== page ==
Paved in Gold: Many Possibilities on The Path FORWARD
When Daniel Garcia ’20 graduated from high school in the Bronx, he had little idea of what to expect from college, nor what he wanted to study when he got there.
Raised by his mother who was unable to work due to medical reasons, he said they were “struggling to make ends meet … living in a deteriorating apartment and only affording other necessities such as food because of governmental assistance programs,” he said. “College seemed impossible. I knew though, that pursuing a higher education would ultimately help me and my family escape our dire economic situation.”
A first-generation college student, Daniel accepted admission at SUNY Oswego—far from home in an unfamiliar setting—mostly because of the generous scholarship package that he received as a Marano Scholar.
“I feel fortunate to have been able to study here and learn about a subject I didn’t even know existed when I was in high school,” said the December 2020 computer science graduate. “I didn’t own or have easy access to a computer before attending SUNY Oswego, so being a computer science major wasn’t something even possible for me four years ago. But being selected as a Marano Scholar, I’ve been able to study whatever interested me. And, now, here I am graduating. I am incredibly grateful.”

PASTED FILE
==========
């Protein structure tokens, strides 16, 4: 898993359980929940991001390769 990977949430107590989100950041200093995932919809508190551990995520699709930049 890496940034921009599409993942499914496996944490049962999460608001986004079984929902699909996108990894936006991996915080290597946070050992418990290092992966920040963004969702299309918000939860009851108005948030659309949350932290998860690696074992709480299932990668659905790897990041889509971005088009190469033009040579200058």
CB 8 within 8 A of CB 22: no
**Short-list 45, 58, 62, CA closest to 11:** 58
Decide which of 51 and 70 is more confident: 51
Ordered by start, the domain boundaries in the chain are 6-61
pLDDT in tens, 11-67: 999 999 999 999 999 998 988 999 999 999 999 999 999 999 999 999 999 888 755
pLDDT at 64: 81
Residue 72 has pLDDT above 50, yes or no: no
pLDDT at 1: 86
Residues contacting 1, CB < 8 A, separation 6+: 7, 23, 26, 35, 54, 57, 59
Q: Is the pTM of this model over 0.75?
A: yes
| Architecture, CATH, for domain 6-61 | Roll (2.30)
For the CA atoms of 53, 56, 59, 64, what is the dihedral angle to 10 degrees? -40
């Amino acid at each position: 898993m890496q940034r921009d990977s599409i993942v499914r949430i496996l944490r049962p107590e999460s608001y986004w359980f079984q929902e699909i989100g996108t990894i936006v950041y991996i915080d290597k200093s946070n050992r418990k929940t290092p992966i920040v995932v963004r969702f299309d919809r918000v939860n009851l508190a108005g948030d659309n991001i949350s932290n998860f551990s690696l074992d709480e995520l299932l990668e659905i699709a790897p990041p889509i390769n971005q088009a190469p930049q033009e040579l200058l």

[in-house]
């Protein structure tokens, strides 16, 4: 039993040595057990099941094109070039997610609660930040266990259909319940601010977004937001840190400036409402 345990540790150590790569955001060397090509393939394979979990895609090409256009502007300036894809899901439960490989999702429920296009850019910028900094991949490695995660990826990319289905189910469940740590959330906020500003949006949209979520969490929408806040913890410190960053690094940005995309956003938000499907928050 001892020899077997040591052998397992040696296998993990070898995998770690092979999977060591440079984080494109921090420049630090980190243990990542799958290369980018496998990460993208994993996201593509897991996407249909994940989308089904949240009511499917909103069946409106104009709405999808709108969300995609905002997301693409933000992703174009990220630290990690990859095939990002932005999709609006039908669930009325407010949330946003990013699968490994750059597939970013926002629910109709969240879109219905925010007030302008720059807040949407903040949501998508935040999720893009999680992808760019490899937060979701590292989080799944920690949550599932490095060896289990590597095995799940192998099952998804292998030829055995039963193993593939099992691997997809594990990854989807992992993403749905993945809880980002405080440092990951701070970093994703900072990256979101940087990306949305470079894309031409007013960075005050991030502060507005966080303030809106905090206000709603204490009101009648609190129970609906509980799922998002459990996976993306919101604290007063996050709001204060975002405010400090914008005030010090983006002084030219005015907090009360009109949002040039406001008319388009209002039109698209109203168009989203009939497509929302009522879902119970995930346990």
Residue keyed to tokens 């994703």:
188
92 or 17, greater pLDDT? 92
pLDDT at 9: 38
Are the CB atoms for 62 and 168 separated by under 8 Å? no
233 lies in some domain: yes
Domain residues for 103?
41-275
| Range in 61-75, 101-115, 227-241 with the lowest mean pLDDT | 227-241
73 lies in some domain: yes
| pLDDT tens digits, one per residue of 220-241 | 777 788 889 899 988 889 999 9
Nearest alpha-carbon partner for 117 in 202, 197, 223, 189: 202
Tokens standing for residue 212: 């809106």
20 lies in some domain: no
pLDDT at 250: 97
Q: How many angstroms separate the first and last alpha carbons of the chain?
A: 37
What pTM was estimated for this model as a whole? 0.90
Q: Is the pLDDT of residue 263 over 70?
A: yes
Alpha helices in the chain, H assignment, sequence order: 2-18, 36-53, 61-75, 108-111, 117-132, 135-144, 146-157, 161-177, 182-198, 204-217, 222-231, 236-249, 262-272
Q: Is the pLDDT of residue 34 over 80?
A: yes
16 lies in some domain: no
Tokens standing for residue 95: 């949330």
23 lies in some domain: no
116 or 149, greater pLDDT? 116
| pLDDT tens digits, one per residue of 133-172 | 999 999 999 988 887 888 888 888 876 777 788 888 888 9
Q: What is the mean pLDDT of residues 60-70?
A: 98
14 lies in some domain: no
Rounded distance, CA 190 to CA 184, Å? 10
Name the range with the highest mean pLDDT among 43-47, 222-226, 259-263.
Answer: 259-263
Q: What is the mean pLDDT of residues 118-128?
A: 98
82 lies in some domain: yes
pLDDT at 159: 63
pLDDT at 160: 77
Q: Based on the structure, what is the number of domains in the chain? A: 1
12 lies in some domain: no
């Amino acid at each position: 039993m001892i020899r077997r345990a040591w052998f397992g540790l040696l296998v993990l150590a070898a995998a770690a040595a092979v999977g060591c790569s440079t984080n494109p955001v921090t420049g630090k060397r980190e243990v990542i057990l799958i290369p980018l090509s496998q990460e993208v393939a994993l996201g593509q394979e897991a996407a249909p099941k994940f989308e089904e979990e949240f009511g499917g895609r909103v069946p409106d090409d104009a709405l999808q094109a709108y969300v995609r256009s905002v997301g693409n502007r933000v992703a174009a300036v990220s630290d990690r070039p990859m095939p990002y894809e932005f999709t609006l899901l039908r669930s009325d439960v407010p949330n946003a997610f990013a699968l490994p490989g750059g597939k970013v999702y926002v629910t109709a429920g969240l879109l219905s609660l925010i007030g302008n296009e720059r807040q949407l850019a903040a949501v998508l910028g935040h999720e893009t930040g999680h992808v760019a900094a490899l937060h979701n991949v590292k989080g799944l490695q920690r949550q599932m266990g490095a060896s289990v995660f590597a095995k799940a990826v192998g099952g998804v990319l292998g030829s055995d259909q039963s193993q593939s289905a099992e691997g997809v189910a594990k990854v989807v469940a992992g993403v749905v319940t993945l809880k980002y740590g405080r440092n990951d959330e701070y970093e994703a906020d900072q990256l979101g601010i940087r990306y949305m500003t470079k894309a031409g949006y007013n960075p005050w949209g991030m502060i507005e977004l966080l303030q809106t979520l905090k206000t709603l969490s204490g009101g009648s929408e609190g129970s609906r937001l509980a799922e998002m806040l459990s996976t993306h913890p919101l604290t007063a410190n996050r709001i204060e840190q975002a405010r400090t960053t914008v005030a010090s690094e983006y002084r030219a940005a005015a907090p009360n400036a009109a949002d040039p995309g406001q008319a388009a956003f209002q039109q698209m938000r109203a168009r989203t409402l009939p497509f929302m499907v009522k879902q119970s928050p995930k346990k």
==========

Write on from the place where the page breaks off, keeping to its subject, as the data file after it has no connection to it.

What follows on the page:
Daniel is one of more than 600 students who receive privately funded scholarships each year at SUNY Oswego. In November 2019, College President Deborah F. Stanley announced the Path Forward campaign to double the number of need-based scholarships available to students at Oswego from 220 to 440 by June 30, 2021. So far, donors have established a total of 180 new need-based scholarships for current Lakers.
Stories like Daniel’s shine a light on the many paths opened to students by attending SUNY Oswego. Their higher education experience expands their confidence, skills, curiosity and willingness to accept a challenge – all of which stay with Lakers throughout their life.
Take, for example, Jeanne Drahos Jones ’80.
The path that she took after graduating with a bachelor’s degree in elementary education from SUNY Oswego was anything but expected. Instead of accepting a teaching position as she planned, she forged a career as an equity trader and eventually became one of only a few women executives working on Wall Street at the time.
Growing up as one of five daughters in a blue-collar, working-class family in Johnson City, N.Y., she developed a strong appreciation for what opportunities could be created through hard work and economy.
That’s why she picked up extra coursework over the summer to complete her degree a semester early. As much as it pained her to lose a final semester with friends such as her roommate, Terri Converso Slater ’80, she wanted to save the expense of another semester and room and board.
Today, Jeanne has created a scholarship to assist a current SUNY Oswego student who needs financial assistance to remain in college, earn a college degree and hopefully not miss out on the college experience.